Spectrum Equity shines $156M on VBA
Spectrum Equity made a $156 million majority investment in cloud-based health benefits administration software company VBA.
Why it matters: The growth of self-insured plans is driving downstream complications for payers, spiking demand for administrative processing solutions.
Details: Existing investor Arthur Ventures also participated in this growth equity round announced Tuesday.
- Latham & Watkins and Triple Tree served as Spectrum's legal and financial advisers, respectively.
- Spectrum declined to disclose financial and deal structure details.
What's next: Under Spectrum's helm, VBA will expand from its existing customer base of third-party administrators (TPAs) to government-sponsored plans and other payers, Spectrum managing director Jeff Haywood tells Axios.
- "The company has been operating with a bootstrap mindset, with less than $10 million of outside capital to date," he says.
- "They have not invested in a go-to-market strategy as much as they could have, so we want to develop that as well."
The intrigue: While VBA will primarily leverage organic growth, Haywood tells Axios the company could make an acquisition to add a product line or access a larger group of customers.
- "We are optimistic about new platform opportunities to add by the end of this year and into next year," Haywood says.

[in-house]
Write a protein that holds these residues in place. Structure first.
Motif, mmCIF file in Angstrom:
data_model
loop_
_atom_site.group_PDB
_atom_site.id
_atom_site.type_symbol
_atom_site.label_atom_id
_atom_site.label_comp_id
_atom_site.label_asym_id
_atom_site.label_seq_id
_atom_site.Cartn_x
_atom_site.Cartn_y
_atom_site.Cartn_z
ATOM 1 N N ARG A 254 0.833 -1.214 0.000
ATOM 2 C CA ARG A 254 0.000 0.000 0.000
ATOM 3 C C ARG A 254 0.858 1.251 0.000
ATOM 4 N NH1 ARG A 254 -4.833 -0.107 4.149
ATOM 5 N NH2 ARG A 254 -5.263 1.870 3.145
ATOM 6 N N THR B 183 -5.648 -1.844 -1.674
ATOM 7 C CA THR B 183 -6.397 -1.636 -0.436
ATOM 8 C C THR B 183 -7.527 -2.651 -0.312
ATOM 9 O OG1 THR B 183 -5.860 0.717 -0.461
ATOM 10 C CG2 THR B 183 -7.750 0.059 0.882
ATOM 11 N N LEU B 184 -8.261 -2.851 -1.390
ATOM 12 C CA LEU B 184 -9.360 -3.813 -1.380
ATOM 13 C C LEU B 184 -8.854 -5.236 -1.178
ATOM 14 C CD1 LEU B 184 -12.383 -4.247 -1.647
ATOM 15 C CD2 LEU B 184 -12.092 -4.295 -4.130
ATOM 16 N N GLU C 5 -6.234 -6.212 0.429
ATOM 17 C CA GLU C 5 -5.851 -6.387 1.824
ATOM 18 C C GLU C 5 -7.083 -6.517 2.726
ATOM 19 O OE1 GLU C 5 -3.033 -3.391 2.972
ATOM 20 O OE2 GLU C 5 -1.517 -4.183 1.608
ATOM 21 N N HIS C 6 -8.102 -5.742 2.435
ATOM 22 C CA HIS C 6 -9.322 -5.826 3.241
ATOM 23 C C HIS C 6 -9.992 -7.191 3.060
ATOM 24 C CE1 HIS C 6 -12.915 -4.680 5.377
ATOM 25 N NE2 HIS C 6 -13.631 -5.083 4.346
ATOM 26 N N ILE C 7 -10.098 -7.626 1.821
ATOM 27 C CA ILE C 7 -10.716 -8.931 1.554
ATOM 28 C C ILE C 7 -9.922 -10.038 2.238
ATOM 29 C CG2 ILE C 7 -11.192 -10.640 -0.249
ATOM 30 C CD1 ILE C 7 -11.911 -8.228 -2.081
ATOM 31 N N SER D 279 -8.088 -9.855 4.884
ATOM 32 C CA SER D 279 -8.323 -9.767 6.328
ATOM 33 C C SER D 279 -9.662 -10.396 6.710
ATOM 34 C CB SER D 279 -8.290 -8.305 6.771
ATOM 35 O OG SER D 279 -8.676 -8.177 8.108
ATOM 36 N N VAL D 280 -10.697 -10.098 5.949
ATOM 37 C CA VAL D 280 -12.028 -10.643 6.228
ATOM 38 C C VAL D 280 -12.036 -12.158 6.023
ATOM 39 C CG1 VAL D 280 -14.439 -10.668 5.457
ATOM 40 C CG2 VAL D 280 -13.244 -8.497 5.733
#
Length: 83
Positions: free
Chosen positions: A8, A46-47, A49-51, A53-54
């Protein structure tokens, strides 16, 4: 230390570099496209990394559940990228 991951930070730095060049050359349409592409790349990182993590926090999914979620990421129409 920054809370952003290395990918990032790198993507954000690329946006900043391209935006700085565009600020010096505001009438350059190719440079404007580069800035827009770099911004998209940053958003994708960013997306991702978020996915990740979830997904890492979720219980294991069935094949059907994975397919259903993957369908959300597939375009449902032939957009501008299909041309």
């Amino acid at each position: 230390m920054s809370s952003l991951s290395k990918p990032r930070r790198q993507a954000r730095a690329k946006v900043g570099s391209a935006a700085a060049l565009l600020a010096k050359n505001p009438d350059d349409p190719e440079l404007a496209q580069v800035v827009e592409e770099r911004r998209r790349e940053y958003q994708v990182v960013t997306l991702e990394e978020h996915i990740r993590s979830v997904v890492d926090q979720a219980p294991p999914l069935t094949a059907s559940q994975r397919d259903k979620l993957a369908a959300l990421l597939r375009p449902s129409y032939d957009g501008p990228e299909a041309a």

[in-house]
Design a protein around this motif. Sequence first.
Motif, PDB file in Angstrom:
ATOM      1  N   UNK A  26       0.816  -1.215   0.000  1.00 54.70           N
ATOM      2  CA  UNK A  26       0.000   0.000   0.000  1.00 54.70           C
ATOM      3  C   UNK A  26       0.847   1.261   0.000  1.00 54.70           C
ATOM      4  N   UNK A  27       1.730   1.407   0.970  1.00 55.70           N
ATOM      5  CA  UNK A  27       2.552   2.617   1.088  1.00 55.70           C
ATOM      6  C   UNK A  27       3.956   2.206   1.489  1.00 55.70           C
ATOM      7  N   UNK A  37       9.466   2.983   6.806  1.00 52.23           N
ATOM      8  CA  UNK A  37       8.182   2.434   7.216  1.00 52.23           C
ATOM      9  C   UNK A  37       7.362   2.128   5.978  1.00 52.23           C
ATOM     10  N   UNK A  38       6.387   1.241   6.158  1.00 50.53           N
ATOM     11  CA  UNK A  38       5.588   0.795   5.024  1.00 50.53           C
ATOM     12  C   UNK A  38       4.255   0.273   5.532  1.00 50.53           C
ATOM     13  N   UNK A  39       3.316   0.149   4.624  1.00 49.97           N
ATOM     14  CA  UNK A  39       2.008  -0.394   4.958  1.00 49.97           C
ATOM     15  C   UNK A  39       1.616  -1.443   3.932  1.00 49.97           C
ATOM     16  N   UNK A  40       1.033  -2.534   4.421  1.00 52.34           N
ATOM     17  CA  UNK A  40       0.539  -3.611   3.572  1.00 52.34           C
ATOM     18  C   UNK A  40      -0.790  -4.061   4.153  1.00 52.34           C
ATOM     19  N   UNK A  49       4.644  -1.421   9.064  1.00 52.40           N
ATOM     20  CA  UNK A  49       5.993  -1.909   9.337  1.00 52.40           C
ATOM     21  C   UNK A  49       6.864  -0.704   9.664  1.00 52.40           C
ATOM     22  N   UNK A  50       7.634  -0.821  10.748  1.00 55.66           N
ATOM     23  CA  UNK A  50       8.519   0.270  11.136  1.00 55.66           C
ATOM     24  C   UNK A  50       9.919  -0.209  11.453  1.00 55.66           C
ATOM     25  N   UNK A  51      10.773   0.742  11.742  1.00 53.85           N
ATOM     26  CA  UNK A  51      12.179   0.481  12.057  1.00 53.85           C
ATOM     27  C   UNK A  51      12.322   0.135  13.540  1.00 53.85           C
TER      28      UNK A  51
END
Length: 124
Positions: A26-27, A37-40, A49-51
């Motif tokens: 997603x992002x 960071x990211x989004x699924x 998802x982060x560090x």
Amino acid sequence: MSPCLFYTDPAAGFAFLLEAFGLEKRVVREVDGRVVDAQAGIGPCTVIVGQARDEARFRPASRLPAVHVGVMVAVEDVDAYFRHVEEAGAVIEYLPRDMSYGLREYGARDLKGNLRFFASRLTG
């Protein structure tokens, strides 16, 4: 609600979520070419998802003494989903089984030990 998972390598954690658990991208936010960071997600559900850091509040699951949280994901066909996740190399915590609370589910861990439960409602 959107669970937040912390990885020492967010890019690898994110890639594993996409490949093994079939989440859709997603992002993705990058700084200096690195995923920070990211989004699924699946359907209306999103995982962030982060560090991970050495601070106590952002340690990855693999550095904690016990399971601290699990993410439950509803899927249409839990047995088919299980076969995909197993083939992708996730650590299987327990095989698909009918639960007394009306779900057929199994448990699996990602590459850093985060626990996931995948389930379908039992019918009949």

How it works: VBA offers a secure, cloud-based software solution that is used by payers to support plan design, benefits administration and transaction processing.
- The company helps payers with all aspects of their workflow, including member eligibility and enrollment, claim processing, adjudication, payment and member analytics.
- The majority of its customers are TPAs, though "a lot of growth is coming from non-TPA payers," like commercial and government plans, and dental, vision and life insurance plans, Haywood says.
What they're saying: "VBA allows payers of all types to administrate and process claims and benefits," Haywood says.
- "The company has good underlying macroeconomics," he adds, noting VBA was attractive because it serves a broad range of health care customers, instead of one vertical.
- "At a time when increasing complexity of plan administration is straining current legacy systems, payers are turning to VBA to help them solve major challenges, from optimizing workflows to responding to customer needs," stated VBA CEO Michael Clayton.